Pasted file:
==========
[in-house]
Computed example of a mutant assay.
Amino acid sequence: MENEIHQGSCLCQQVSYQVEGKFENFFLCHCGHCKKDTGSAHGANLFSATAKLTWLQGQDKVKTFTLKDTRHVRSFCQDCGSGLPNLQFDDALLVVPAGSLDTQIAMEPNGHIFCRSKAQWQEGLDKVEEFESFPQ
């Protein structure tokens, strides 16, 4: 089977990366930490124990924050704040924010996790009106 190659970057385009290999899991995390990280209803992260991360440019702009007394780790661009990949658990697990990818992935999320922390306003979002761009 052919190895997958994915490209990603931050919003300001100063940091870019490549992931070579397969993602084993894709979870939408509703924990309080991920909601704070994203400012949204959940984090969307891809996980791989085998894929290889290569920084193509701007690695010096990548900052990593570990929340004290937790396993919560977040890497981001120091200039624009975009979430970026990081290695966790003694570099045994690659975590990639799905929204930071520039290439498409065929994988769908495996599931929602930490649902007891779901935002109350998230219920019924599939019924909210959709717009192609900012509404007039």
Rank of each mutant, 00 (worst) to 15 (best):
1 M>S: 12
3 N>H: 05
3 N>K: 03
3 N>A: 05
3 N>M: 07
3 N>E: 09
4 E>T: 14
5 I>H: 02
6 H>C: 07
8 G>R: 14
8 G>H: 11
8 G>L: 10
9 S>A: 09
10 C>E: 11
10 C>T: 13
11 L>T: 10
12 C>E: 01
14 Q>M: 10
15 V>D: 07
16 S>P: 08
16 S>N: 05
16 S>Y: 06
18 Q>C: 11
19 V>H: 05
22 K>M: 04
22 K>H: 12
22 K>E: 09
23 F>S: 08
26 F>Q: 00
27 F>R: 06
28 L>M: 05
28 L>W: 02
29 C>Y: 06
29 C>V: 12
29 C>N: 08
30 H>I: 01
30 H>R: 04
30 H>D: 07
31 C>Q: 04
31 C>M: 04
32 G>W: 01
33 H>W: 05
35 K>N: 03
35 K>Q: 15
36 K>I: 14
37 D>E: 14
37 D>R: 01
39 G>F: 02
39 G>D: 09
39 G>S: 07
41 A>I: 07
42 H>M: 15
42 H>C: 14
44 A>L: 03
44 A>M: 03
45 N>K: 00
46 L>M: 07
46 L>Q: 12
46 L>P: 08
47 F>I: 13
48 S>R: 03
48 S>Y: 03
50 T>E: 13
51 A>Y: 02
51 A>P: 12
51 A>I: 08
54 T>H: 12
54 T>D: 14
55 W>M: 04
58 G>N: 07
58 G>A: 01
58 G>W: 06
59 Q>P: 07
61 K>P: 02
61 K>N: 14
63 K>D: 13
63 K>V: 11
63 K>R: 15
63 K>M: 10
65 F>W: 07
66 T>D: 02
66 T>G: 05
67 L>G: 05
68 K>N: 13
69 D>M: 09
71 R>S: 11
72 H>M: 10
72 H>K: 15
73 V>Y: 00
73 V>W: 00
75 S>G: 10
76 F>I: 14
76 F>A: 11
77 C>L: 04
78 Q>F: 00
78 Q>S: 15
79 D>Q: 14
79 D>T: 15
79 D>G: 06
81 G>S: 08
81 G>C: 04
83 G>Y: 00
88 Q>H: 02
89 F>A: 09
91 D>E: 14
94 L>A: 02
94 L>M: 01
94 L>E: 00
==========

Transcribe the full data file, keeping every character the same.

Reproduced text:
[in-house]
Computed example of a mutant assay.
Amino acid sequence: MENEIHQGSCLCQQVSYQVEGKFENFFLCHCGHCKKDTGSAHGANLFSATAKLTWLQGQDKVKTFTLKDTRHVRSFCQDCGSGLPNLQFDDALLVVPAGSLDTQIAMEPNGHIFCRSKAQWQEGLDKVEEFESFPQ
């Protein structure tokens, strides 16, 4: 089977990366930490124990924050704040924010996790009106 190659970057385009290999899991995390990280209803992260991360440019702009007394780790661009990949658990697990990818992935999320922390306003979002761009 052919190895997958994915490209990603931050919003300001100063940091870019490549992931070579397969993602084993894709979870939408509703924990309080991920909601704070994203400012949204959940984090969307891809996980791989085998894929290889290569920084193509701007690695010096990548900052990593570990929340004290937790396993919560977040890497981001120091200039624009975009979430970026990081290695966790003694570099045994690659975590990639799905929204930071520039290439498409065929994988769908495996599931929602930490649902007891779901935002109350998230219920019924599939019924909210959709717009192609900012509404007039």
Rank of each mutant, 00 (worst) to 15 (best):
1 M>S: 12
3 N>H: 05
3 N>K: 03
3 N>A: 05
3 N>M: 07
3 N>E: 09
4 E>T: 14
5 I>H: 02
6 H>C: 07
8 G>R: 14
8 G>H: 11
8 G>L: 10
9 S>A: 09
10 C>E: 11
10 C>T: 13
11 L>T: 10
12 C>E: 01
14 Q>M: 10
15 V>D: 07
16 S>P: 08
16 S>N: 05
16 S>Y: 06
18 Q>C: 11
19 V>H: 05
22 K>M: 04
22 K>H: 12
22 K>E: 09
23 F>S: 08
26 F>Q: 00
27 F>R: 06
28 L>M: 05
28 L>W: 02
29 C>Y: 06
29 C>V: 12
29 C>N: 08
30 H>I: 01
30 H>R: 04
30 H>D: 07
31 C>Q: 04
31 C>M: 04
32 G>W: 01
33 H>W: 05
35 K>N: 03
35 K>Q: 15
36 K>I: 14
37 D>E: 14
37 D>R: 01
39 G>F: 02
39 G>D: 09
39 G>S: 07
41 A>I: 07
42 H>M: 15
42 H>C: 14
44 A>L: 03
44 A>M: 03
45 N>K: 00
46 L>M: 07
46 L>Q: 12
46 L>P: 08
47 F>I: 13
48 S>R: 03
48 S>Y: 03
50 T>E: 13
51 A>Y: 02
51 A>P: 12
51 A>I: 08
54 T>H: 12
54 T>D: 14
55 W>M: 04
58 G>N: 07
58 G>A: 01
58 G>W: 06
59 Q>P: 07
61 K>P: 02
61 K>N: 14
63 K>D: 13
63 K>V: 11
63 K>R: 15
63 K>M: 10
65 F>W: 07
66 T>D: 02
66 T>G: 05
67 L>G: 05
68 K>N: 13
69 D>M: 09
71 R>S: 11
72 H>M: 10
72 H>K: 15
73 V>Y: 00
73 V>W: 00
75 S>G: 10
76 F>I: 14
76 F>A: 11
77 C>L: 04
78 Q>F: 00
78 Q>S: 15
79 D>Q: 14
79 D>T: 15
79 D>G: 06
81 G>S: 08
81 G>C: 04
83 G>Y: 00
88 Q>H: 02
89 F>A: 09
91 D>E: 14
94 L>A: 02
94 L>M: 01
94 L>E: 00